Report Back from the Battle for Sacred Ground
For months, hundreds of people, including members of nearly a hundred different indigenous peoples, have mobilized to block the construction of the Dakota Access Pipeline. On October 27, police raiding the Sacred Ground camp encountered stiff resistance. We’ve just received the following firsthand report from comrades who participated in the defense of the camp. Describing some of the fiercest clashes indigenous and hey pose important questions about solidarity struggles.
When we arrive on Wednesday, October 26, we can’t find our contacts, the friends and friends of friends who have been vouched into the secretive Red Warrior camp. Word around the camp is that eviction is imminent for Sacred Ground, the only camp in the direct path of the proposed Dakota Access Pipeline. The tribe claims this land is territory granted to them in the 1851 Fort Laramie Treaty, and that they were using their own “eminent domain” to take it back when they set up the camp. We decide to set up at Sacred Ground and to figure out how to make ourselves useful in stopping its eviction.
The Sacred Ground camp is located about two miles north of the main camp on highway 1806. The main camp itself is just north of the Standing Rock Reservation, where two more NoDAPL camps, Rosebud and Sacred Stone, are located. Before arriving, we had seen images of barricades blocking Highway 1806 to the north of the Sacred Ground camp.
When we walk to that site, however, we find those barricades have been pushed to the sides of the road, the northernmost one turned into a kind of checkpoint. According to the people at the checkpoint, they were ordered to remove the blockade by the camp leaders, who plan on allowing the police to enter and evict the camp.
The “camp leaders” are hired Nonviolent Direct Action consultants. They are utilizing a classic strategy of nonviolent civil disobedience: they hope that the images of police evicting people in prayer will win them the sympathy of the public. The people we speak with at the checkpoint are clearly not buying this. But what can they do? Their elders have hired these people to stage-manage the moment.
After some conversation with the folks on the barricades and with the “camp leaders,” it is decided that we’ll leave the road open until the police actually arrive, and then we’ll build up the barricades quickly in order to slow their progress. This will hopefully buy time to allow the people who want to get arrested while in prayer to assemble and prepare themselves. For what its worth, this plan was crafted with the approval of the “proper channels.”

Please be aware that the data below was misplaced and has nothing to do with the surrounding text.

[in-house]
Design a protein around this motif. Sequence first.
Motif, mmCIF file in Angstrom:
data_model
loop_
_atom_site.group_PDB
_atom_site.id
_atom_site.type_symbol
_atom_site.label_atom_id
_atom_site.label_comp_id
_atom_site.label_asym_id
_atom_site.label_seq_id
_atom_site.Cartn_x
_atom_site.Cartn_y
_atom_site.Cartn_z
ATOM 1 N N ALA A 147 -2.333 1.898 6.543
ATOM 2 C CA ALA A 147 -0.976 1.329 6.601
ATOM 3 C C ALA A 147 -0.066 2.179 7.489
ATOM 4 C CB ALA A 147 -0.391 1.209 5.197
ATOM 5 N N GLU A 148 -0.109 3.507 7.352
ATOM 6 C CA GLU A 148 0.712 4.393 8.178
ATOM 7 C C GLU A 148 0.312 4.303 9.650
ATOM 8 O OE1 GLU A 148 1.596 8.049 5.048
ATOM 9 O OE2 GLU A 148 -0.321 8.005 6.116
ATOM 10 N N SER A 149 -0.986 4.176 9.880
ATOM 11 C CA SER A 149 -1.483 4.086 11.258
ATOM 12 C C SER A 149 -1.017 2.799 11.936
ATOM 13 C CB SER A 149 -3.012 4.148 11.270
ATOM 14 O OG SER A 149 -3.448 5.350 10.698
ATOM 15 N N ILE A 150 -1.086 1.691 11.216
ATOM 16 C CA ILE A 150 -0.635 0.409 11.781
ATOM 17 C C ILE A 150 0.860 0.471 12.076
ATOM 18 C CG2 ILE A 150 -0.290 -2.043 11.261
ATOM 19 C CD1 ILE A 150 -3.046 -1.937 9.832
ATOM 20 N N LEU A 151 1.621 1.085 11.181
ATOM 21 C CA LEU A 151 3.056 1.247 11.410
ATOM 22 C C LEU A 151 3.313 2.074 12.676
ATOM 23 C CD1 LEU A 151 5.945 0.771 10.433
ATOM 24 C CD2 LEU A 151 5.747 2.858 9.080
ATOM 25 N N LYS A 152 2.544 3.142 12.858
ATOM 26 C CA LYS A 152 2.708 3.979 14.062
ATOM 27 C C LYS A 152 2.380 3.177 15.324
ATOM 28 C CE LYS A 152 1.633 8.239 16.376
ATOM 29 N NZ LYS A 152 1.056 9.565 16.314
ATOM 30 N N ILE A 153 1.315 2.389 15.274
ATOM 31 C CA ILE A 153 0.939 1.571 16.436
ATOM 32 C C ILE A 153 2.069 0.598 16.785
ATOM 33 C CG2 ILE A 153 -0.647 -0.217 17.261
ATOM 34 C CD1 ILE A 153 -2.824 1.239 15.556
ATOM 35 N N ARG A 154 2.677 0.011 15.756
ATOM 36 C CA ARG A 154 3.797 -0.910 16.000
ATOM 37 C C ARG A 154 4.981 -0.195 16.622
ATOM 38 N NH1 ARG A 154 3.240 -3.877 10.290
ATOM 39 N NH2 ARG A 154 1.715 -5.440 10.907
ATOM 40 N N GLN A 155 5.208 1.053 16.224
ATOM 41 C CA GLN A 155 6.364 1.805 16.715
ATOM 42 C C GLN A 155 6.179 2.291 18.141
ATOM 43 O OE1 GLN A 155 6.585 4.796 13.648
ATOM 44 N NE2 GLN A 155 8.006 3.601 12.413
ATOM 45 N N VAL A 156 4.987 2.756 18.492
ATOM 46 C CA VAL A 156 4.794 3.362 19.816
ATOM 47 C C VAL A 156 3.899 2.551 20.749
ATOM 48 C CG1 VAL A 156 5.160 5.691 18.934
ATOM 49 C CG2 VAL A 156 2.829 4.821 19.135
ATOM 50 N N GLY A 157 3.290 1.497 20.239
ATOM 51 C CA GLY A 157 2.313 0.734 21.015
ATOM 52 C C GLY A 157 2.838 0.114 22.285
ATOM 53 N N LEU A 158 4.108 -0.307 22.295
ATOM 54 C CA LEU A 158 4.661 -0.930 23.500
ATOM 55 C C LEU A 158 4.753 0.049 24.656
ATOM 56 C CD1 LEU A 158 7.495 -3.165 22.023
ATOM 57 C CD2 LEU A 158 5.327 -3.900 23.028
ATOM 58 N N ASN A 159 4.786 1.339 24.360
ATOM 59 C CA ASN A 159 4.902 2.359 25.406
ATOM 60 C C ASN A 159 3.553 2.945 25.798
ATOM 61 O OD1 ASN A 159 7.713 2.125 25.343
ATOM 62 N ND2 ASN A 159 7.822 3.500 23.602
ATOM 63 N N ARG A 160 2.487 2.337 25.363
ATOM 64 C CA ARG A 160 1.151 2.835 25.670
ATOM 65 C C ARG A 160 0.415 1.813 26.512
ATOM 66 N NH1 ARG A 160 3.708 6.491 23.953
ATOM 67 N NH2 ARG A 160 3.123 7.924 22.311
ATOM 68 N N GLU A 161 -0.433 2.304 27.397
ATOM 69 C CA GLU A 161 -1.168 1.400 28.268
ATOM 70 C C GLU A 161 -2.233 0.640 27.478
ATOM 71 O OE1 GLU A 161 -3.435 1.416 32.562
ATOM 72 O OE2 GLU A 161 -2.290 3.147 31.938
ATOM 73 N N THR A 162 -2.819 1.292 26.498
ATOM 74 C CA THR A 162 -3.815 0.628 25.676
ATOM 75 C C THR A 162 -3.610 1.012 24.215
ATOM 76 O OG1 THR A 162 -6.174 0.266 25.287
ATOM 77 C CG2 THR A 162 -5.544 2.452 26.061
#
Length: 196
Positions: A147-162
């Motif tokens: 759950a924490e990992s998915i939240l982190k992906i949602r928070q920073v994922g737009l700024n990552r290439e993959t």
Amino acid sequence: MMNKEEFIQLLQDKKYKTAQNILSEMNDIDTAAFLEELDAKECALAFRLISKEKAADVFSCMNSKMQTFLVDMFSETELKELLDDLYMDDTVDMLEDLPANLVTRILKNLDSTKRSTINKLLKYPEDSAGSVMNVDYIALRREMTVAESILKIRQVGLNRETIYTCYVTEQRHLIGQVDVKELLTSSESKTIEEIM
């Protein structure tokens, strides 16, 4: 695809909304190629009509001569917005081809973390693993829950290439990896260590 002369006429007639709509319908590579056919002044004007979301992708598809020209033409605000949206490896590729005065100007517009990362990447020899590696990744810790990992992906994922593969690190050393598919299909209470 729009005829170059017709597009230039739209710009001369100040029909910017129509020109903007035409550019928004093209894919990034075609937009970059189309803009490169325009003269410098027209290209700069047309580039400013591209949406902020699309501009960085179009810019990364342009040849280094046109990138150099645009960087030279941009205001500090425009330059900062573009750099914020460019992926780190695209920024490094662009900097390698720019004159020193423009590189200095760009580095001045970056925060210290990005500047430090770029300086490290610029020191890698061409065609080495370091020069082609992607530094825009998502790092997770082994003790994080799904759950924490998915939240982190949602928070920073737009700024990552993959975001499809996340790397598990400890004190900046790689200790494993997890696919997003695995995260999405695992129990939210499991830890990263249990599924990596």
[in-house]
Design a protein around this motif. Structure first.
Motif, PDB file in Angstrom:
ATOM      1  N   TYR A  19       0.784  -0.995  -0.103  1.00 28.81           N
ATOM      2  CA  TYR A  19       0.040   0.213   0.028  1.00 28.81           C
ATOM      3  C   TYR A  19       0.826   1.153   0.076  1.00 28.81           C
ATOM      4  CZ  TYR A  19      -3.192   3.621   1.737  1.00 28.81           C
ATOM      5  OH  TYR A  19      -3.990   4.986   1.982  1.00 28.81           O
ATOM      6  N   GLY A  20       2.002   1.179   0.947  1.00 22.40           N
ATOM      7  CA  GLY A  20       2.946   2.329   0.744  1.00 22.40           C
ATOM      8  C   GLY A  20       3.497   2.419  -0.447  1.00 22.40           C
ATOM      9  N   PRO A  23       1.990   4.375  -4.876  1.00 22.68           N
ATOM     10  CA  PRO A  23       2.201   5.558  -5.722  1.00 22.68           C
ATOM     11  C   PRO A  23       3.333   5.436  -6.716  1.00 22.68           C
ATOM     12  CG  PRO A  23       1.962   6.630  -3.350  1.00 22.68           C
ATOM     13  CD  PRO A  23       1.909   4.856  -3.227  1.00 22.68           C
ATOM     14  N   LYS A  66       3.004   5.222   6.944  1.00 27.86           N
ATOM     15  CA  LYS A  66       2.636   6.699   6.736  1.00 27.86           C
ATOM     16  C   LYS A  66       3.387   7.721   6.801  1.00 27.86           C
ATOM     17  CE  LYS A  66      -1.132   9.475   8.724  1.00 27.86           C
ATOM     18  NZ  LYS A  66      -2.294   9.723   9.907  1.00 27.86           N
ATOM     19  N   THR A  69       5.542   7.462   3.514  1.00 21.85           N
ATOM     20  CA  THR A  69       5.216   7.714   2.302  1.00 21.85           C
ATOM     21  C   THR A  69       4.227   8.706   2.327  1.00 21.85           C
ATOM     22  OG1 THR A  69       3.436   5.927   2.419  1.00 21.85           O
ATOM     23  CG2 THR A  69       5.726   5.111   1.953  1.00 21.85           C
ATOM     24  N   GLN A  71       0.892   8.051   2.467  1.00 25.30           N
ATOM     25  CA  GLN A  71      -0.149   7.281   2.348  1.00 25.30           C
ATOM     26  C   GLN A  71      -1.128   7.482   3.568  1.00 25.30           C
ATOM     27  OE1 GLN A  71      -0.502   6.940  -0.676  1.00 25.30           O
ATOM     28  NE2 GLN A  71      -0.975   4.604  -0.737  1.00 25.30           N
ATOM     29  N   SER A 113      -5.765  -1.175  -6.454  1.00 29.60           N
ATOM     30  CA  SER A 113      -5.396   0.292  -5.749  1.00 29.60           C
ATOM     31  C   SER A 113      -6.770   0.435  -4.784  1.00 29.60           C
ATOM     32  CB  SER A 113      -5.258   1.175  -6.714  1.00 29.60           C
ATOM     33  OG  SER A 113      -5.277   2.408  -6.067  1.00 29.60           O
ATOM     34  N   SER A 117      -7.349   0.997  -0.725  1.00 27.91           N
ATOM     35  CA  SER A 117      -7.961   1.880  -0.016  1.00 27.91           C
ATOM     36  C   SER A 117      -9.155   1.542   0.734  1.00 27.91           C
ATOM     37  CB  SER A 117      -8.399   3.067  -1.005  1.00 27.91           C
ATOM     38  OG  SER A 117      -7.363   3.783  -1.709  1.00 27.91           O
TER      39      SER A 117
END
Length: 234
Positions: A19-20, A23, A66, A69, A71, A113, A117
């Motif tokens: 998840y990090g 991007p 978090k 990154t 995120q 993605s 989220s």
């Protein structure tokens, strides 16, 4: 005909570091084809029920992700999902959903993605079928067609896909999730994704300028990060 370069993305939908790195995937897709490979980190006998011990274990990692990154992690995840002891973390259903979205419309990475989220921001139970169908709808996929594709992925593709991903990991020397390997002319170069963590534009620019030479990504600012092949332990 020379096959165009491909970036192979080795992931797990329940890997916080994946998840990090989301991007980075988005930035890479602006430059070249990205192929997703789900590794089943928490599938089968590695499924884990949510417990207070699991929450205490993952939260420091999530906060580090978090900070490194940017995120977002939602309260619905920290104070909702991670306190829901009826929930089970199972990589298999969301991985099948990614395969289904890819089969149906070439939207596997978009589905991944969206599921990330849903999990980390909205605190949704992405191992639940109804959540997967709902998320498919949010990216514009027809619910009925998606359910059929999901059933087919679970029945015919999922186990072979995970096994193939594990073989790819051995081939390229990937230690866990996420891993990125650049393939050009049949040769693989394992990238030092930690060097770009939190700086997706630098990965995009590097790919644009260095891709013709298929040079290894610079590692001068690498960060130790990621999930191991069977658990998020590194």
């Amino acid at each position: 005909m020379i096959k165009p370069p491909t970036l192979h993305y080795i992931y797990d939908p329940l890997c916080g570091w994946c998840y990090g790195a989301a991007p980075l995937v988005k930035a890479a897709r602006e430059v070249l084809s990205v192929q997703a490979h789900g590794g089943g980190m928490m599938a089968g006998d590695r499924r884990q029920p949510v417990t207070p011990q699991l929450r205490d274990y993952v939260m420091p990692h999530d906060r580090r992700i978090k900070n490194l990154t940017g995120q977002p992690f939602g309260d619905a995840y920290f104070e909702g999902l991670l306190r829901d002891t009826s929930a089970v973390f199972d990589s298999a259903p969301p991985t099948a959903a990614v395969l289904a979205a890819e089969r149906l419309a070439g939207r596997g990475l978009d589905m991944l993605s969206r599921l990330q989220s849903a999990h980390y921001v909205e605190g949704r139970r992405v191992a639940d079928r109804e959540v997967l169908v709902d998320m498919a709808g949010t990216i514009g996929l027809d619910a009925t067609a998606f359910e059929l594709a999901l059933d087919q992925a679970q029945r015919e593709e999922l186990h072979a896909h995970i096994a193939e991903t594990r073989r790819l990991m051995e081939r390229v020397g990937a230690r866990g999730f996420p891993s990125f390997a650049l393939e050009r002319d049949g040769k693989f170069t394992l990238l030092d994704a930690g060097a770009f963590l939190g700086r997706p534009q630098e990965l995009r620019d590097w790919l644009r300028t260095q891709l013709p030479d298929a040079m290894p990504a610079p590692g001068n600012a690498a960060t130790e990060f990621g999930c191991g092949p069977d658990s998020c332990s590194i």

As soon as this course of action is proposed, some new organism bursts into life, and thirty people we’ve never met are loading logs and tires and barbed wire onto trucks in the middle of the night. A plan comes together for when and how to start blocking the road. The energy is electric; the possibility of a real physical defense of this strategically decisive camp is in the air and in people’s conversations.
“I don’t know who those ‘leaders’ are,” a Native guy tells us as we throw tires on the side of the road. “They’re not my elders. I came here to defend this camp, and I’m going to do what I have to.” We still don’t know where the fabled Red Warrior folks are, but we feel that we’ve found people we want to support in this battle.
This is the plan: the folks up the hill at the checkpoint are the first line of defense. When the cops come, they will get in the road and begin a prayer ceremony. They inform us they have no intention of moving until they are arrested or worse. While they block the road, it will be our job to build up the next barricade about a quarter mile down the road to buy time for the prayer circle to assemble in the camp. To us, this is not ideal, because it still means that the eviction will go through. But we also feel that we have very little agency in this situation. We’re white. We just showed up. At least we’ll be a part of putting up a fight, we tell ourselves. At least the police won’t just be invited in.
We take shifts all night, trying to decode the flying objects in the sky. Is that a drone or a satellite? Is that the moon behind the clouds? Then why is it moving? Why is that surveillance plane flashing those lights over there? For hours, I have the feeling that we’ve stepped into some deep historical current, that this moment is connected to every other moment in which people waited to defend barricades against overwhelming adversaries. We joke and tell stories, we snap our attention to any movement on the hillside, we speculate and scheme. We receive new names based on stupid things we do or say. The night is long and cold and at dawn the sun is welcome.
“All night, we take shifts at the barricades, watching the sky for drones. The night is long and cold and at dawn the sun is welcome.”